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Energy plays an important role in economic development worldwide. The increase of energy consumption showed that CO2 emissions in the atmosphere have increased dramatically, and these lead many scientists to push governments of the developing countries to take action for the formulation of environmental policies. Many studies have attempted to look for the direction of causality between energy consumption (EC), economic growth (GDP) and CO2 emissions mainly on developing countries. This paper, therefore, applies the panel unit root tests, panel cointegration methods and panel causality test to investigate the relationship between energy consumption (EC), economic growth (GDP) and CO2 emissions for three countries of Southern Europe (Greece, Spain, and Portugal) covering the annual period 1960-2009. The FMOLS and DOLS are then used to estimate the long run relationship between the variables. The findings of this study reveal that there is a short-run bilateral causal link between the examined variables. However, in the long run, there is a unidirectional causality running from CO2 emissions to energy consumption (EC), and economic growth (GDP) and a bilateral causality between energy consumption and economic growth. This indicates that energy is a force for economic growth both in short and long run as it is driven from economic growth. Moreover, to face the heterogeneity on the three countries of Southern Europe we use the FMOLS and DOLS estimation methods.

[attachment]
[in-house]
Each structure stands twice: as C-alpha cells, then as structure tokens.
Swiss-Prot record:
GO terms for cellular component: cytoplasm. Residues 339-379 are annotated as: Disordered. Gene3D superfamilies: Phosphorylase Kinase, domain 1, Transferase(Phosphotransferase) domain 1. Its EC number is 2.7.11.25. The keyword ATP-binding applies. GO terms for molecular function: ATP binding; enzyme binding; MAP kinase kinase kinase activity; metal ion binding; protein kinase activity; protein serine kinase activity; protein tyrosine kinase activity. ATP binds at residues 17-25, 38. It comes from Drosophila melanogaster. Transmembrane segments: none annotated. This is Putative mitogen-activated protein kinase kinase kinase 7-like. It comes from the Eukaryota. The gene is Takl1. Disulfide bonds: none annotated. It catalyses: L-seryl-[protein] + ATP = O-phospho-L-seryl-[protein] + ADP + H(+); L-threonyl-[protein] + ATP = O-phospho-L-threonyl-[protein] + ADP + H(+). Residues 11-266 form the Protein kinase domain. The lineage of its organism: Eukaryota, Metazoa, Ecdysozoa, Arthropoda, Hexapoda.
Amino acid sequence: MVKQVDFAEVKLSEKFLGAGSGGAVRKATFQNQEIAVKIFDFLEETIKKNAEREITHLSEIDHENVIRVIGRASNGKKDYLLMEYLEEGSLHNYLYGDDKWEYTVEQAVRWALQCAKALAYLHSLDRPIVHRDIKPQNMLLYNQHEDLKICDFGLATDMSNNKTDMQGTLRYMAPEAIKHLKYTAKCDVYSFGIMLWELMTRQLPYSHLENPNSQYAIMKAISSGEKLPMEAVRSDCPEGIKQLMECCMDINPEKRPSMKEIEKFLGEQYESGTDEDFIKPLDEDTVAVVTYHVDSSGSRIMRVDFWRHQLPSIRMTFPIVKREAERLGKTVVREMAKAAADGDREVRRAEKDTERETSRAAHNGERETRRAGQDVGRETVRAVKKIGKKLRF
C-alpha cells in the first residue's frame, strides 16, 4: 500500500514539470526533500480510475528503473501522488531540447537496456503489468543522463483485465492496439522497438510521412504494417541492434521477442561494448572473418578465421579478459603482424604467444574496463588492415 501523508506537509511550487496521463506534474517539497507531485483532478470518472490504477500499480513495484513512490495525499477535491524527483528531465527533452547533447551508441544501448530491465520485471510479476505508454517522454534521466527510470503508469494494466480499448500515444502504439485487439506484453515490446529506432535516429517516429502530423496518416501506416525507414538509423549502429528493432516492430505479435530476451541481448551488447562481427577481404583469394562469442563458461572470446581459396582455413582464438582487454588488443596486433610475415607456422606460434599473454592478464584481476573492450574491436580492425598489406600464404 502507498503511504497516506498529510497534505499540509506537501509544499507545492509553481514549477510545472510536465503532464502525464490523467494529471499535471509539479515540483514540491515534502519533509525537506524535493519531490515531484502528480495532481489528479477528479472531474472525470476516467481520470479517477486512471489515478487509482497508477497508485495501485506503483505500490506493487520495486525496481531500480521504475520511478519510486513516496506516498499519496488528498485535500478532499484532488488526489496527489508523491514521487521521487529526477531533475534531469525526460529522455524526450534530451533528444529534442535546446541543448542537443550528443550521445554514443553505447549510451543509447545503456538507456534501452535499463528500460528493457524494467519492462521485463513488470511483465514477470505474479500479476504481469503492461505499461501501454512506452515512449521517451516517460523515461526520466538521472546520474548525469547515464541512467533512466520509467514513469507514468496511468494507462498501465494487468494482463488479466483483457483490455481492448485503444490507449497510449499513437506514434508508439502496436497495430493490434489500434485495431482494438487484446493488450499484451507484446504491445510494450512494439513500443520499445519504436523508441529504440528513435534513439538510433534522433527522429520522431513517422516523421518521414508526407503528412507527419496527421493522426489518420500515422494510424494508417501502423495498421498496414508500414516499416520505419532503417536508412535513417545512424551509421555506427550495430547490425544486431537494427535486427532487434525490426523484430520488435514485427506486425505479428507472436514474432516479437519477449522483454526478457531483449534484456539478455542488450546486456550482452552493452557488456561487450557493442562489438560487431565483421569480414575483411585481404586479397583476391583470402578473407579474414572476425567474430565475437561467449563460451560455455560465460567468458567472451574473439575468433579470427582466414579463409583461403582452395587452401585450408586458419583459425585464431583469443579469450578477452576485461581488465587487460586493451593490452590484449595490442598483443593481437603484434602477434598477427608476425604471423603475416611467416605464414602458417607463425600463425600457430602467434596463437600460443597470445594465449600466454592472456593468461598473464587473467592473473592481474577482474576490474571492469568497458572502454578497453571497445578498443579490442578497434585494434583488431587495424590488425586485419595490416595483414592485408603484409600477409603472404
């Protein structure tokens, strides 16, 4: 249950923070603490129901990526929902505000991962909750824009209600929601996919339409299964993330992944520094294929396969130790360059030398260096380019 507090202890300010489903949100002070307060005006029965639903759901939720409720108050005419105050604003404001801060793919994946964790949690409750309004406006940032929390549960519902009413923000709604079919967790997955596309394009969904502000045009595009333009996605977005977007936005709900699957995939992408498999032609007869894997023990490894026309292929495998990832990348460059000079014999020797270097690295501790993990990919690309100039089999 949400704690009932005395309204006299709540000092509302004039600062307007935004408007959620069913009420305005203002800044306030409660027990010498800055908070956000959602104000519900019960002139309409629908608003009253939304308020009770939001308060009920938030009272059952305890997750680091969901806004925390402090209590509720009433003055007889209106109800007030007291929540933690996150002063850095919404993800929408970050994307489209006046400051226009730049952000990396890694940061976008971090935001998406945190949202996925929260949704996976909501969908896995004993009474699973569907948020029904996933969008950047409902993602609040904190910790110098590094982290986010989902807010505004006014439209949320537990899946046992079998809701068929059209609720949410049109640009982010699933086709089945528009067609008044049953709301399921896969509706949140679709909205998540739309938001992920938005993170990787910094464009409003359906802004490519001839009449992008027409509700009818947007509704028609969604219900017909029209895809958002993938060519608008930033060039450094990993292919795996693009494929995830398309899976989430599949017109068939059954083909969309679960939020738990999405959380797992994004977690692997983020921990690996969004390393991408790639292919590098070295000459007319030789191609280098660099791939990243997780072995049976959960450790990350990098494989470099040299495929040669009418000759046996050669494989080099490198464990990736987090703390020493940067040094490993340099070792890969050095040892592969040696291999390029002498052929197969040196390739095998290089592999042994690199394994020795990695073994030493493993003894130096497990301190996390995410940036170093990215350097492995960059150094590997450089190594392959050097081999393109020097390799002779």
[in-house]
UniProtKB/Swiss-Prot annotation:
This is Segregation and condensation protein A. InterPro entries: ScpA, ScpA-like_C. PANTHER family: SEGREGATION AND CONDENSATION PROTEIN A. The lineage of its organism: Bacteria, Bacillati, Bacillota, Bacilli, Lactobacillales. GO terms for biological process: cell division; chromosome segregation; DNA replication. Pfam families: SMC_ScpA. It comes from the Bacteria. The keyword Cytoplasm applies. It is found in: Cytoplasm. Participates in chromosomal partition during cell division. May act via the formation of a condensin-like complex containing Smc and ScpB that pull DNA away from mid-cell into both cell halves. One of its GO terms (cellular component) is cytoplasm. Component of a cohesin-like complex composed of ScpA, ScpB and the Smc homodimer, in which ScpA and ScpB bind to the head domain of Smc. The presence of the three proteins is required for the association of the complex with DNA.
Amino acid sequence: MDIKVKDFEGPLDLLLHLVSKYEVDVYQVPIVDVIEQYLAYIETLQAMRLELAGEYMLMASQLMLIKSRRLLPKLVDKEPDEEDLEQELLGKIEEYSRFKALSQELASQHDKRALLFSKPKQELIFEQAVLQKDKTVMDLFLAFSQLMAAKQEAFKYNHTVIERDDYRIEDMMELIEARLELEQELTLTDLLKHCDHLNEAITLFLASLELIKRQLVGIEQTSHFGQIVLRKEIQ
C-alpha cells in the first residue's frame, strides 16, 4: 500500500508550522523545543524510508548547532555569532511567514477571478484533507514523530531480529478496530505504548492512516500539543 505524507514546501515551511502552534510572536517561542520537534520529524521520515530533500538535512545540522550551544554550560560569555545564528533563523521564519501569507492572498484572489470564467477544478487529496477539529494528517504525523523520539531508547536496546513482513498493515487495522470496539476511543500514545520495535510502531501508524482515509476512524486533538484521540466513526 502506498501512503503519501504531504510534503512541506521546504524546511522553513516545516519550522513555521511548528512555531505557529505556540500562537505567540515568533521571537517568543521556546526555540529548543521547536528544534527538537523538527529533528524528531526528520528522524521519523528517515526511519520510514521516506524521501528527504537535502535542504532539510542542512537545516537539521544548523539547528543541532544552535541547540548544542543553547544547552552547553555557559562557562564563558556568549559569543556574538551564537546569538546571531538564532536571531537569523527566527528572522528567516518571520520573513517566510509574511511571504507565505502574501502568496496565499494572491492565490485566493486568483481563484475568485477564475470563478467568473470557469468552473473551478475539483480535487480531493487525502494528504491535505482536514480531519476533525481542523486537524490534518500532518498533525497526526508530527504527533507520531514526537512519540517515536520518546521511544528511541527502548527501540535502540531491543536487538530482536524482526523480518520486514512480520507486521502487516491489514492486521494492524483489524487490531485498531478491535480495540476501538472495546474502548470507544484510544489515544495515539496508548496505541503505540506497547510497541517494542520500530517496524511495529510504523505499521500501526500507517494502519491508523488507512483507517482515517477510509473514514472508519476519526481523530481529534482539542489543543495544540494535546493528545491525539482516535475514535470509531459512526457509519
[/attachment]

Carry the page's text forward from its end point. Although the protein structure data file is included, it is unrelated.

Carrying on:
Journal article


International journal of energy economics and policy

Publication Date





125 - 136